U.S. set for deeply controversial Jerusalem embassy move
The U.S. moves its embassy in Israel to Jerusalem later on Monday after months of global outcry, Palestinian anger and exuberant praise from Israelis over President Donald Trump's decision tossing aside decades of precedent.
While a White House delegation and Israeli officials gather for the inauguration ceremony Monday afternoon, Palestinians are expected to protest in large numbers near the Gaza border with Israel and perhaps elsewhere.
There are concerns that the Gaza protests less than 100 kilometres away will turn deadly if Palestinians attempt to damage or cross the fence with Israeli snipers positioned on the other side.
The inauguration that follows Trump's December 6 recognition of the disputed city as Israel's capital also comes at a time of heightened regional tensions. It follows Trump's announcement last week that the United States is withdrawing from the Iran nuclear deal and Israeli strikes two days later on dozens of Iranian targets in Syria.
Those strikes came after rocket fire toward Israeli forces in the occupied Golan Heights that Israel blamed on Iran.
The Trump administration has vowed to restart the moribund Middle East peace process but the embassy move has inflamed feelings across the globe.
On Sunday, al-Qaida leader Ayman al-Zawahiri released a new message saying America's decision was evidence that negotiations and "appeasement" have failed Palestinians as he urged Muslims carry out jihad against the United States.
Trump "was clear and explicit and he revealed the true face of the modern crusade, where standing down and appeasement does not work with them, but only resistance through the call and jihad," Zawahiri said, according to a transcript provided by the SITE monitoring agency.
Monday's inauguration ceremony at 4:00 pm will include some 800 guests – though Trump himself will not attend – at what until now had been a U.S. consulate building in Jerusalem.
U.S. Deputy Secretary of State John Sullivan will lead the Washington delegation that includes Trump's daughter Ivanka and her husband Jared Kushner, both White House aides, as well as Treasury Secretary Steven Mnuchin.
Israeli Prime Minister Benjamin Netanyahu, who has repeatedly called Trump's decision "historic", welcomed them at a reception on Sunday evening.
"Jerusalem has been the capital of the Jewish people for the past 3,000 years," he said. "It's been the capital of our state for the past 70 years. It will remain our capital for all time."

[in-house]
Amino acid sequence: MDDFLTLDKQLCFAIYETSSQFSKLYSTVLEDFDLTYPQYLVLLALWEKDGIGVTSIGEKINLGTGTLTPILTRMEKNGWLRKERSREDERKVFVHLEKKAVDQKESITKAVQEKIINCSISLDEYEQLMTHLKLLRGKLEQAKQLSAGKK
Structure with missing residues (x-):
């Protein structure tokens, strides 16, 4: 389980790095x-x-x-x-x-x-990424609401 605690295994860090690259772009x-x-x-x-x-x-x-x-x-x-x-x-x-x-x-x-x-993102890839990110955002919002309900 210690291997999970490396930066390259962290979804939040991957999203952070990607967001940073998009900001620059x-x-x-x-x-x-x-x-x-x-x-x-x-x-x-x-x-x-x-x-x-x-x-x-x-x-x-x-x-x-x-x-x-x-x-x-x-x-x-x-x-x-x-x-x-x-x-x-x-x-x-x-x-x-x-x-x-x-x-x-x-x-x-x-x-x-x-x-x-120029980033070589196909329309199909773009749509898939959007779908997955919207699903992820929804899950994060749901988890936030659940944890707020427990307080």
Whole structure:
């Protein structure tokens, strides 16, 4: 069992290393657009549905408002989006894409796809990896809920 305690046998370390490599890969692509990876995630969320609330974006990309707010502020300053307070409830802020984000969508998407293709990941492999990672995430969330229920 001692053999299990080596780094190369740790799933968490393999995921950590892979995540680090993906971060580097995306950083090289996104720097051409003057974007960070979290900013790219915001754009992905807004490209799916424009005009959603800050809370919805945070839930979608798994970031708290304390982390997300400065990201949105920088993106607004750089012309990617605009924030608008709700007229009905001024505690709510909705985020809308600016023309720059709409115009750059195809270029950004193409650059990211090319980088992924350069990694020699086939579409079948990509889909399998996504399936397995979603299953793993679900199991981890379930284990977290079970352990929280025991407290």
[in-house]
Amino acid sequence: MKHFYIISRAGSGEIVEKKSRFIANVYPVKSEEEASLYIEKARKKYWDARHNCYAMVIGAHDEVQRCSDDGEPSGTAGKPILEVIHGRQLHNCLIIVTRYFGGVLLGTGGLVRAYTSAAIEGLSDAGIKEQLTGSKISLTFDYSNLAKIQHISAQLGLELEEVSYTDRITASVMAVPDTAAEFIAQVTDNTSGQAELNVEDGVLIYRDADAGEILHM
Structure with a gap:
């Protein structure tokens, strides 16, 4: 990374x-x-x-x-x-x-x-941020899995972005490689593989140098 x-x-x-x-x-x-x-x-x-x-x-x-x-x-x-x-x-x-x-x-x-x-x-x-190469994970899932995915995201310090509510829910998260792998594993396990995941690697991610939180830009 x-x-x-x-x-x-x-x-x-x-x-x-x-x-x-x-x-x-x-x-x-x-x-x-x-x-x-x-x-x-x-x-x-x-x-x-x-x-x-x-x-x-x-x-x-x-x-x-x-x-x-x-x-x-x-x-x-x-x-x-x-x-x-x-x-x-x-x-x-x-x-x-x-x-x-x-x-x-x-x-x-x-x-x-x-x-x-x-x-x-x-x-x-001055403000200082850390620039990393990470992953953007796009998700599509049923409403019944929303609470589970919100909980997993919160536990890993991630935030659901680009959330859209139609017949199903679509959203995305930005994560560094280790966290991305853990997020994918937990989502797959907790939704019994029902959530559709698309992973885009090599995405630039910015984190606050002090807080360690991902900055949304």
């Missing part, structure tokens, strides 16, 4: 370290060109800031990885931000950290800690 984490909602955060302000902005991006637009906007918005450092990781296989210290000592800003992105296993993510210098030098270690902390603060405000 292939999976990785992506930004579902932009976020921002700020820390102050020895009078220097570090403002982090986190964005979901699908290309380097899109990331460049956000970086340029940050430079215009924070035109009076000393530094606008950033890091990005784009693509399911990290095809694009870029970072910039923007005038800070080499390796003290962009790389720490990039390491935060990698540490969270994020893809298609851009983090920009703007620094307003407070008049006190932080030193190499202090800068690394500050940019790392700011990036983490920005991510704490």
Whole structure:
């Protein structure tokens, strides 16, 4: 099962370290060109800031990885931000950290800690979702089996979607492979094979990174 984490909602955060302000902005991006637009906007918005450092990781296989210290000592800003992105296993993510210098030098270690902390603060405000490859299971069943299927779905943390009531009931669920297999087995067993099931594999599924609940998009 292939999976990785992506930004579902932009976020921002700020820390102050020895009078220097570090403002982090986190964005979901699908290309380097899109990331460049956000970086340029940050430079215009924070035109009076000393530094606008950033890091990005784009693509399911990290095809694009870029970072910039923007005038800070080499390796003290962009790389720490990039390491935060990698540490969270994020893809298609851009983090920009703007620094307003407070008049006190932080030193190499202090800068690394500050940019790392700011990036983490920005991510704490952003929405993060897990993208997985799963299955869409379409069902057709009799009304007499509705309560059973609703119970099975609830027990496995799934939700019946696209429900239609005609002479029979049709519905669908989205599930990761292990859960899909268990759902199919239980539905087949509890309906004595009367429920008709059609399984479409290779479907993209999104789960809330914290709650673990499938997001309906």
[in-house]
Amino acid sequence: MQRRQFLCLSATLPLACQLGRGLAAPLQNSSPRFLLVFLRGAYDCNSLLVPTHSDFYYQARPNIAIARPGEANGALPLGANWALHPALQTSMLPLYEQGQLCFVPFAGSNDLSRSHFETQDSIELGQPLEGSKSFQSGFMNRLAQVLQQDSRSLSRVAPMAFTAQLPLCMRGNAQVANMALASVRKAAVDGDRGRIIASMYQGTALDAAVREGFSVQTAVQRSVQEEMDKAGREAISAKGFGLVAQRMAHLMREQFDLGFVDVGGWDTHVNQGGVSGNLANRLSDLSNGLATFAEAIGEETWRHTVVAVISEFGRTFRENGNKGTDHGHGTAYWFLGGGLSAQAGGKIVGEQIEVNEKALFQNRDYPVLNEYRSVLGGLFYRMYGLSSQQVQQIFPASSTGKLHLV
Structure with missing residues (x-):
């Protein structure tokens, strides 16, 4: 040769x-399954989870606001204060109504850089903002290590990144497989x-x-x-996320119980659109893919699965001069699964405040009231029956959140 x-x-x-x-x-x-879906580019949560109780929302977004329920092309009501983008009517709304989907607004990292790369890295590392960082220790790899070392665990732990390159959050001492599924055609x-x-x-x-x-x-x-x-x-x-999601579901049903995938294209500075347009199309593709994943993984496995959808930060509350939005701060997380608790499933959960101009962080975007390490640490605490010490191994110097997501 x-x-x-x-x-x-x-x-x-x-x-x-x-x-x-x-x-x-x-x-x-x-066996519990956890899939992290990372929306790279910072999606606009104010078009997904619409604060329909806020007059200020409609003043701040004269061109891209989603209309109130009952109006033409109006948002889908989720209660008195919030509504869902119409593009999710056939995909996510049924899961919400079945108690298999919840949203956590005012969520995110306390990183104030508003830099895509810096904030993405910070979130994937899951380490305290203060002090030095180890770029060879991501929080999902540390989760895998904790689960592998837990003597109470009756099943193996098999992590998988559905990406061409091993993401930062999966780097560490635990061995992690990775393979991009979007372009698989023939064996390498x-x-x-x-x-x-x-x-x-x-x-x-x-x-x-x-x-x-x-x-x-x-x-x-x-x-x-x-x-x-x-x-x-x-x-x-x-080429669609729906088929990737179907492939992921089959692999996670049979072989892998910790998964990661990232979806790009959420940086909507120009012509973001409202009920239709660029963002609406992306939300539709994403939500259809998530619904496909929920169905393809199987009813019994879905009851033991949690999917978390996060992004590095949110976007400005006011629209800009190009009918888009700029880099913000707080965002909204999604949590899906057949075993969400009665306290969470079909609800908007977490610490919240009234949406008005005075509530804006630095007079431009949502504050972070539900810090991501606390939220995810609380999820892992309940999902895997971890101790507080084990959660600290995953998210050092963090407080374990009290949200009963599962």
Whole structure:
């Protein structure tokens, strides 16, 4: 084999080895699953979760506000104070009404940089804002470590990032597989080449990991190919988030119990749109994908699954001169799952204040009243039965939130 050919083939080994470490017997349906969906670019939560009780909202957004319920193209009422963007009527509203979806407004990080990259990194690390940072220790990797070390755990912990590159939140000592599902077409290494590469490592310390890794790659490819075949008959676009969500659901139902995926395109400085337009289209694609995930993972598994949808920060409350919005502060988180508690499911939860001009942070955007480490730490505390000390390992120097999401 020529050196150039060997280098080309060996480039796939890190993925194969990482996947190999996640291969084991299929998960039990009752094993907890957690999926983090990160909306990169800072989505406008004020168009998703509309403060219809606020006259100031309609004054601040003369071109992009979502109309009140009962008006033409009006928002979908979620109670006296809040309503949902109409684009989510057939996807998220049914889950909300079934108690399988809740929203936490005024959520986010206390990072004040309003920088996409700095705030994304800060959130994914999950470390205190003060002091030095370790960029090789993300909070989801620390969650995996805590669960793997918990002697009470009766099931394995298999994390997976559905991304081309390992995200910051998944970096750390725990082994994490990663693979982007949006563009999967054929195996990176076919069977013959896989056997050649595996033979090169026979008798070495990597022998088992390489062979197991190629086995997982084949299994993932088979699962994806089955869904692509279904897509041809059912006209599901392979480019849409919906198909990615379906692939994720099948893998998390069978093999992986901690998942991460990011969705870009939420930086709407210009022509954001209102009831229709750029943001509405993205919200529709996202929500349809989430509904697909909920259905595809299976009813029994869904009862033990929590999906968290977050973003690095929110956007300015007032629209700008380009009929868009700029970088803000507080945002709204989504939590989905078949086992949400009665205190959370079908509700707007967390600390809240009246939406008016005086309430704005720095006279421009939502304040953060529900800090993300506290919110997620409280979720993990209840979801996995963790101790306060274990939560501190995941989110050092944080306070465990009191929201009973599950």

Sullivan called the embassy "a long overdue recognition of reality."
Police and the Israeli military planned major security deployments. Around 1,000 police officers will be positioned around the embassy and surrounding neighbourhoods for the inauguration, said spokesman Micky Rosenfeld.
Israel's army said it would almost double the number of troops surrounding Gaza and in the occupied West Bank.
Israelis began celebrating on Sunday, as tens of thousands of marched in Jerusalem, some holding American flags, to mark Jerusalem Day. The annual event is an Israeli celebration of the "reunification" of the city following the 1967 Six-Day War.
Israel occupied the West Bank and East Jerusalem in 1967 and later annexed East Jerusalem in a move never recognised by the international community. Beyond the disputed nature of Jerusalem, the date of the embassy move is also key.
14 May marks the 70th anniversary of the founding of Israel.
The following day, Palestinians mark the "Nakba", or catastrophe, commemorating the more than 700,000 Palestinians who fled or were expelled from their homes in the 1948 war surrounding Israel's creation.
Palestinian protests are planned on both days. There have already been weeks of protests and clashes along the Gaza border, with 54 Palestinians killed by Israeli fire there since March 30.
No Israelis have been wounded and the military has faced criticism over the use of live fire.
Israel says it only opens fire when necessary to stop infiltrations, attacks and damage to the border fence, while accusing Hamas, the Islamist movement that runs the blockaded Gaza Strip, of seeking to use the protests as cover to carry out violence
Jerusalem's status is perhaps the thorniest issue in the Israeli-Palestinian conflict. Israel considers the entire city its capital, while the Palestinians see east Jerusalem as the capital of their future state.
In the decades since 1967, international consensus has been that the city's status must be negotiated between the two sides, but Trump broke with that to global outrage. He has argued that it helps make peace possible by taking Jerusalem "off the table", but many have pointed out he has not announced any concessions in return from Israel.
Secretary of State Mike Pompeo on Sunday said the U.S. was "hard at work" on the peace process, which he declared was "most decidedly not dead."
Trump's initial decision led to a series of protests in various Middle Eastern and Muslim countries. (AFP)